Saturday, November 20, 2010

A Few More PDQ Tweaks

rev. 8-1-2013

Spreader. A few weeks ago, while sailing in brisk conditions, the spreader attaching the bow of my tender to the davits snapped; plastic in a place where metal made more sense. I made a replacement from some 1" x 1" x 1/8" wall aluminum square tube that I had in the "might need" pile. I'm much happier with this, and that if it ever does fail, it will bend rather than break. It is also lighter.

I added very heavy wear pads; they are of a reinforced canvas product, many times thicker than the tubes, and are glued on with 3M 5200. I did not drill the center of the spreader; there is a small aluminum strap intended only to center a spectra sling. I also trice-up the dingy when snow season comes; a pair of 25-foot x 3/8" docklines go from the davit cleat, through the welded eye at the tip of the davit, under the dingy cross-wise, and up to the davit cleat at the other end.

Yamaha Seat Belt. All PDQ owners know the story; at some point the lock-down mechanism fails and different method of hold-down is needed. In a prior post (I Hate Yamaha) I described my battlefield solution. Back home, I made something more permanent from a truck strap and some climbing webbing. So far I am happy with it, though I may devise something more elegant next time I haul out. Or I may stay with this simple, sturdy solution.

(3-5-2012 the hold down latch on the port engine seized. Fortunately, when I made the strap and fittings for the starboard engine I made another for the port engine and installed the required fittings.) 

The cracks in the cowling were caused by me falling on it a different day; they have bee repaired on the inside. There is a FRP block secured with caulking and a rope pad eye (2 holes and knots on the ends of the rope) at the aft end to protect the plastic (not FRP) in this area and to keep the strap centered.

Salon Pilot Berth. The salon table, like may cruising boats, can be lowered and made into a berth. King size on the PDQ! Often it is the coolest place to sleep. Sometime I simply want a good place to crash, closer to the helm. Unfortunately, lowering the table requires clearing the table, retrieving cushions from under the port sleep berth, and raising and lowering the table itself can be physical, if it sticks. I pulled my back badly this summer fooling with it in a swell. So I created a pilot birth from a simple leaf and some foam scraps. This pilot berth is also VERY comfortable for lounging and watching movies. It can be rigged in seconds.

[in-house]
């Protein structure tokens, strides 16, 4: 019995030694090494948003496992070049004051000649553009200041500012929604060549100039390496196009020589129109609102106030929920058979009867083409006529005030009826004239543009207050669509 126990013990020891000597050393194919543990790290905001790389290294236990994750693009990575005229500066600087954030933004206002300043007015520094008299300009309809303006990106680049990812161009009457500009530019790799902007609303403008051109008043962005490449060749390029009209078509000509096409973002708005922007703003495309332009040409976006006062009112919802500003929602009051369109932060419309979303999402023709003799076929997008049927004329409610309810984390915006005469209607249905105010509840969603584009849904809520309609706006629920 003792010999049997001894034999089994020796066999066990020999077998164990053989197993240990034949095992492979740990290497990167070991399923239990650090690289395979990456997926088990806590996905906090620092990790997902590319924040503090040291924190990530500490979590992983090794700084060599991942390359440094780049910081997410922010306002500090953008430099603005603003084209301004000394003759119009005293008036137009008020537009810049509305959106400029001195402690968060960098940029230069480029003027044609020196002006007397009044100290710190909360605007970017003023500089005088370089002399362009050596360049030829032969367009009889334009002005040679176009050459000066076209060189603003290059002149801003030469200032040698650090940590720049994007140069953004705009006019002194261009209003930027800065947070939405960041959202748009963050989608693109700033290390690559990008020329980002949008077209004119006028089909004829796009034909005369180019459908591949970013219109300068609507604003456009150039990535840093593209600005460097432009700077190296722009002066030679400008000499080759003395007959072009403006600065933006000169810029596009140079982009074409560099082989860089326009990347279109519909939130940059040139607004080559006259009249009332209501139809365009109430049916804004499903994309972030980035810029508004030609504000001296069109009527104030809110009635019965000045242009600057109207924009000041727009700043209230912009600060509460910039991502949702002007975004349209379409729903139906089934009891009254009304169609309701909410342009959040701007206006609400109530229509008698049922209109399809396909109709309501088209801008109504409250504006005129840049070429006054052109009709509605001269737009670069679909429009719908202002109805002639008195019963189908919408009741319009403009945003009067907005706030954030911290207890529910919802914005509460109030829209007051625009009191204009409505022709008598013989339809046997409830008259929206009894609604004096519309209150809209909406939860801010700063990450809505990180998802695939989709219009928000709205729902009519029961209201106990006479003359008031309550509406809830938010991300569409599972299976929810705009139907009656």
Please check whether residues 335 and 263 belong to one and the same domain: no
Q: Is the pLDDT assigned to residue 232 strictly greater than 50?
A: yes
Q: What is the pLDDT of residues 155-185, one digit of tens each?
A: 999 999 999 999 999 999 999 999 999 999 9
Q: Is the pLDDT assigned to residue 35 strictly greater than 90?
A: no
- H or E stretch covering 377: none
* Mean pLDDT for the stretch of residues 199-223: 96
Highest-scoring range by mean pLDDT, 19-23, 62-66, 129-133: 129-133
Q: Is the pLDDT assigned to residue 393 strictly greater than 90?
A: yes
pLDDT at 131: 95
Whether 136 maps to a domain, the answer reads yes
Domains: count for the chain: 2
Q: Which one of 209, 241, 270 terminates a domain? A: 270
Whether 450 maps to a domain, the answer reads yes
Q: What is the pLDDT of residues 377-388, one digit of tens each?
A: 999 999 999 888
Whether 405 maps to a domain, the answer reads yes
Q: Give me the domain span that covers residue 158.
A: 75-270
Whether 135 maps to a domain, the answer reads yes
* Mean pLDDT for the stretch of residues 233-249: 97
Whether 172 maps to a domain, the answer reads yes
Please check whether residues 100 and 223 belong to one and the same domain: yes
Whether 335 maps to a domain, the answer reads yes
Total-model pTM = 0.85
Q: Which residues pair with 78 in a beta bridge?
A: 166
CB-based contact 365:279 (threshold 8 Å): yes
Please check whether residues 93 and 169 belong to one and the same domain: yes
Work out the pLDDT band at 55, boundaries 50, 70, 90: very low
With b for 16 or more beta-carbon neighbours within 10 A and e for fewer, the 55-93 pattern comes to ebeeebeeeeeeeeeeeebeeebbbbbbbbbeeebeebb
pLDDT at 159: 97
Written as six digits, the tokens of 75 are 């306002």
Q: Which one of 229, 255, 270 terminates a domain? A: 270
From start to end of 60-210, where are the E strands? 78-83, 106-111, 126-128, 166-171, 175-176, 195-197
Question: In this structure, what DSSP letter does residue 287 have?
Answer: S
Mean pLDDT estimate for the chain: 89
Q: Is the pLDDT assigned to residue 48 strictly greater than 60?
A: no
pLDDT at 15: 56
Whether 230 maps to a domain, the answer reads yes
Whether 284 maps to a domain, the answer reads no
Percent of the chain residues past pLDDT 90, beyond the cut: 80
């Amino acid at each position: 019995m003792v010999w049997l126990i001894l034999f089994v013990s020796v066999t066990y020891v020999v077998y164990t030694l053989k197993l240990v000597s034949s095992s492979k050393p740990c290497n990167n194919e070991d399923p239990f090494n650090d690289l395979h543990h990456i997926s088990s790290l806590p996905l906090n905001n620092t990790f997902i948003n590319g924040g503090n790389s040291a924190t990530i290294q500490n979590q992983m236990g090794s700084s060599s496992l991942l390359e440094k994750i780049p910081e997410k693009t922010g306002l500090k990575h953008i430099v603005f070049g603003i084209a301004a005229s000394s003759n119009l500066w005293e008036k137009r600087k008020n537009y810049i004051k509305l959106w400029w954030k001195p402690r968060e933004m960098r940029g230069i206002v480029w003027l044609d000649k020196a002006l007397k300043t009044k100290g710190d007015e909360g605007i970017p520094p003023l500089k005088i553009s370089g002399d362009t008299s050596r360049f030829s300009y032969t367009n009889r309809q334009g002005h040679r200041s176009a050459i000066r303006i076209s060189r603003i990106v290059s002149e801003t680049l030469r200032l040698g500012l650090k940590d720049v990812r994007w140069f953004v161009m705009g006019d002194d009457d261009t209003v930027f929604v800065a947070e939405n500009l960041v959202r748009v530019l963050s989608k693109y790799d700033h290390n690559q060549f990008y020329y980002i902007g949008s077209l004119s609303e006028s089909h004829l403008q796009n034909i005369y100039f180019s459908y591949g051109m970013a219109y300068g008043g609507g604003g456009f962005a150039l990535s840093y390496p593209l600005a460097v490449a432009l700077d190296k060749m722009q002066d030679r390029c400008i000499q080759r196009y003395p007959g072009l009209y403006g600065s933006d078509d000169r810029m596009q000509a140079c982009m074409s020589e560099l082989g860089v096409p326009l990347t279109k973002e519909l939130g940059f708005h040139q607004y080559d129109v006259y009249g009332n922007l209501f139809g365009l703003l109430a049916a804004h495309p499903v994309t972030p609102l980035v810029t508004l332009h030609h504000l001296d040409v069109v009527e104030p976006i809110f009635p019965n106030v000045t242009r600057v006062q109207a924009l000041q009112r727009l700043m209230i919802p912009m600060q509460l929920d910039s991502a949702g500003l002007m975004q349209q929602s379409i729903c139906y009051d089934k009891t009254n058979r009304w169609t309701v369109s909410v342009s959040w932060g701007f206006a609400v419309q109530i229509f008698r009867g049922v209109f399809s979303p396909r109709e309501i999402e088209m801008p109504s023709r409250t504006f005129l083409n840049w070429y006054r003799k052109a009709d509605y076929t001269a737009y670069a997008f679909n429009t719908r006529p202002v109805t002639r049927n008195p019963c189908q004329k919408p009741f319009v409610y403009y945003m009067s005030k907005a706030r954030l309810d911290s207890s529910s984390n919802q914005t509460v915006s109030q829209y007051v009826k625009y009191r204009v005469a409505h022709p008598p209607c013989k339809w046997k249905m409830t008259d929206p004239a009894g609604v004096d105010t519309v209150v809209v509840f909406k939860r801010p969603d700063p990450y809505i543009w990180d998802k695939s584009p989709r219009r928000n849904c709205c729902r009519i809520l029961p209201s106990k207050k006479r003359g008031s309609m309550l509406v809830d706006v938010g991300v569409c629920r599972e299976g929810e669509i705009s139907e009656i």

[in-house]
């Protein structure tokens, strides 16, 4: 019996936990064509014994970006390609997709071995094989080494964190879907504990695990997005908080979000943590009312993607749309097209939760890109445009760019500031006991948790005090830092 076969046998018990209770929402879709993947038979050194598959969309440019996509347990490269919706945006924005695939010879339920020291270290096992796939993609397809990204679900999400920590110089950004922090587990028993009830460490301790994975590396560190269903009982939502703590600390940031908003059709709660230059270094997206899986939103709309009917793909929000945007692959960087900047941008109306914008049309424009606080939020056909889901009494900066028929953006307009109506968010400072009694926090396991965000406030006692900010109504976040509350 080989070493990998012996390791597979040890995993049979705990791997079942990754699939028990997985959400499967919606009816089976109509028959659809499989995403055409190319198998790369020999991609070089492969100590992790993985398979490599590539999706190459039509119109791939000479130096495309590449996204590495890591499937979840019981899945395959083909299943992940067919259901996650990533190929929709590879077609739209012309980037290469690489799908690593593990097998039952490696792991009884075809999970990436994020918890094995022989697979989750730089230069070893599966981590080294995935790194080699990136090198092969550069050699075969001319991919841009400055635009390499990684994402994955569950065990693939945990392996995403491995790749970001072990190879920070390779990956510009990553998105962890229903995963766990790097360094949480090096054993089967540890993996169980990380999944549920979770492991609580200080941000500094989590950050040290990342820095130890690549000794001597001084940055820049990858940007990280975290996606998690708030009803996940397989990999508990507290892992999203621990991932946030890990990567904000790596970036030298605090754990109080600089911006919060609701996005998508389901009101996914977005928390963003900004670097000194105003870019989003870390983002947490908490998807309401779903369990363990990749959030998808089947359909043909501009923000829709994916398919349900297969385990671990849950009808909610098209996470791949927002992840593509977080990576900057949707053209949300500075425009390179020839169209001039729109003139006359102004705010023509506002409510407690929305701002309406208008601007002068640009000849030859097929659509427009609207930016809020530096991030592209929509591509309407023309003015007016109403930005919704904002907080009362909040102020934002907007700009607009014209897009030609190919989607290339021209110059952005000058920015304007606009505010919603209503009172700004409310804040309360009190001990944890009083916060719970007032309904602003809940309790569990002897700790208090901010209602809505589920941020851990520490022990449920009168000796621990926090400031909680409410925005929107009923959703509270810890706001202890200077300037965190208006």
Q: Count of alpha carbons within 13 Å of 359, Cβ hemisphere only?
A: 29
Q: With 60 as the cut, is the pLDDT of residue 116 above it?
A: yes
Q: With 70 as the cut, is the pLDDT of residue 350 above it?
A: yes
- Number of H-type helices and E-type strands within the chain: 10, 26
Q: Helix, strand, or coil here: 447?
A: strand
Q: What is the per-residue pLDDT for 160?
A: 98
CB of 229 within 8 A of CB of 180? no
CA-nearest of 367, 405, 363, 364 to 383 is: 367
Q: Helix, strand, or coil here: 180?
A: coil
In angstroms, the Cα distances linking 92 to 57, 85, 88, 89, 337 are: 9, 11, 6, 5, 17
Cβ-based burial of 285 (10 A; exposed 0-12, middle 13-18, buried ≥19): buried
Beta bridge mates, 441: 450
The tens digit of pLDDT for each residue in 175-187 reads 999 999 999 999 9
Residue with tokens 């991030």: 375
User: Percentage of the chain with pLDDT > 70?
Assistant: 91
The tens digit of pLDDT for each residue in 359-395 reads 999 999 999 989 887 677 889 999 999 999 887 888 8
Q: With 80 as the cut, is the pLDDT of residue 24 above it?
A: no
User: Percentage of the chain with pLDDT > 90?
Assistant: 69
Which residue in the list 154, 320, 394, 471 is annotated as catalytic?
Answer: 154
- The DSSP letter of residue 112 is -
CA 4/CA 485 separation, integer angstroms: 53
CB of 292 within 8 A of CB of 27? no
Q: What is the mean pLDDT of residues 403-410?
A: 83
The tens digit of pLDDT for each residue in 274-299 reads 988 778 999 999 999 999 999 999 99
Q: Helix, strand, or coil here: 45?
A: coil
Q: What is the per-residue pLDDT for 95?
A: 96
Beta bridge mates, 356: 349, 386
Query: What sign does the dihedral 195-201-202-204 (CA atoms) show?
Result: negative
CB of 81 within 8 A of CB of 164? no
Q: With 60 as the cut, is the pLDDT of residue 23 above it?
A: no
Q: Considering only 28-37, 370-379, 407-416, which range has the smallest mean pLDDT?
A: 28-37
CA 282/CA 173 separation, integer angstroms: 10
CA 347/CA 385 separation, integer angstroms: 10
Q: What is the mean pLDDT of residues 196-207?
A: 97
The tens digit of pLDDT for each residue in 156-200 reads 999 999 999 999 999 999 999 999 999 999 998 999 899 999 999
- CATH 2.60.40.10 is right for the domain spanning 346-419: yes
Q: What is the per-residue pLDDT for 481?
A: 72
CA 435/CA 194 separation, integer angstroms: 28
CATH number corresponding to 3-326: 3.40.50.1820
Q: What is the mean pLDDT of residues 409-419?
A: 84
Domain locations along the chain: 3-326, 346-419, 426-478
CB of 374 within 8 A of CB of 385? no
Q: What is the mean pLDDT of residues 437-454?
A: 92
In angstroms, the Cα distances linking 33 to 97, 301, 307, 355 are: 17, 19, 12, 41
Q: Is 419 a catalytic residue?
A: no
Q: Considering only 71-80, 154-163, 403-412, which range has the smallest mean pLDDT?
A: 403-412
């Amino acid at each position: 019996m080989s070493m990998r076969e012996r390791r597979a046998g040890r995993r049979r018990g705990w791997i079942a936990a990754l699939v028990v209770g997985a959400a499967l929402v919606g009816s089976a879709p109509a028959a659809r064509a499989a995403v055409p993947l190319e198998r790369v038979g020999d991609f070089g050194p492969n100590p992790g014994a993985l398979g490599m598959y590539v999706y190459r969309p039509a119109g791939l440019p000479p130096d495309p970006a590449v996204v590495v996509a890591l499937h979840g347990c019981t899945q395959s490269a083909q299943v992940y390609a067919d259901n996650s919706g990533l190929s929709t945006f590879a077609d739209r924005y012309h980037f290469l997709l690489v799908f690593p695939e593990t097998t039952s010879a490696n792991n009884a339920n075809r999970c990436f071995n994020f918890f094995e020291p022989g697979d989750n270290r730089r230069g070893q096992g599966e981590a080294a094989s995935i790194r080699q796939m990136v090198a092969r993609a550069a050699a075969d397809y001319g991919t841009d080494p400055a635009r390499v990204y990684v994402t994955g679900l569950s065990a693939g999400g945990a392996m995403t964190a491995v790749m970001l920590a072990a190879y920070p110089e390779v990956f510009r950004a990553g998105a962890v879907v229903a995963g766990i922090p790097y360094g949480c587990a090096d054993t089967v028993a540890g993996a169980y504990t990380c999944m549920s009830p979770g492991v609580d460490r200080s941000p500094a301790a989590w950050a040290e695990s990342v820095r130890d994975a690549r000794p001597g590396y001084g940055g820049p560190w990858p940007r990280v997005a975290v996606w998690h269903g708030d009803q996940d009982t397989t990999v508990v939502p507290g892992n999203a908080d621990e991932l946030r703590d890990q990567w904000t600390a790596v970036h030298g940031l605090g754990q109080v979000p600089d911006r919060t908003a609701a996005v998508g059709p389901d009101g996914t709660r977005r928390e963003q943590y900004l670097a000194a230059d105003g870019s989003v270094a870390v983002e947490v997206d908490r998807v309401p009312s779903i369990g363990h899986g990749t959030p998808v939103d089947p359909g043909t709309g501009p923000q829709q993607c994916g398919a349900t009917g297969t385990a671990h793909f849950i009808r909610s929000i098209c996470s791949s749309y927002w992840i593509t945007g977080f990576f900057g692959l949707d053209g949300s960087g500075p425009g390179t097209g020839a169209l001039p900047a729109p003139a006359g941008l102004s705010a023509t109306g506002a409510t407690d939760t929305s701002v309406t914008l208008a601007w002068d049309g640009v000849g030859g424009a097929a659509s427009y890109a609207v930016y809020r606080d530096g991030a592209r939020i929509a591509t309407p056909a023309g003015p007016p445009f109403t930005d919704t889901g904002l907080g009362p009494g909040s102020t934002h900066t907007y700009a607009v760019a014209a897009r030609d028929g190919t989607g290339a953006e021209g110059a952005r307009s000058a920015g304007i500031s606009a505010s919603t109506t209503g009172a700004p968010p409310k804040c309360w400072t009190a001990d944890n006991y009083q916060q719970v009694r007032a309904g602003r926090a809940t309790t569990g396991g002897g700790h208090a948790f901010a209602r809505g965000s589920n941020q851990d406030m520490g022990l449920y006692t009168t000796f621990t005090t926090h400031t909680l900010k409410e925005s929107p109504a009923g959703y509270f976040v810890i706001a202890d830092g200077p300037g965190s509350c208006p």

I removed the cleat that the table edge rests on (when lowered into a bed) and replaced it with a leaf on a piano hinge. The cushion is covered with two pillowcases joined with Velcro, so very limited sewing was required. When not in use as a mattress extension, it serves as a bolster in the starboard berth. The leaf is supported by the helm foot rest box, which is a perfect fit.

rev. 8-1-2013 I later replaced this board with one 13.5 inches wide, reaching nearly to the floor. The narrower board would allow the filler cushion to slide off sometimes, where the wider board does not.

Table Storage. Accessing the table storage always required clearing the table. Small items could roll off the table in rough waters. The solution: a tray with fiddles and a panel on the bottom (not shown) that just fits the opening. Access is a simple matter of lifting off the tray, and the tray cannot slide. (note: I stole and then adapted this idea from another PDQ owner with a different table design)

Nothing earth shattering, just a few ideas to make cruising easier. About $20.00 was spent on all of these projects together, mostly on the hinge and a spectra sling. I like making something from nothing. Having a big "might need" pile helps.

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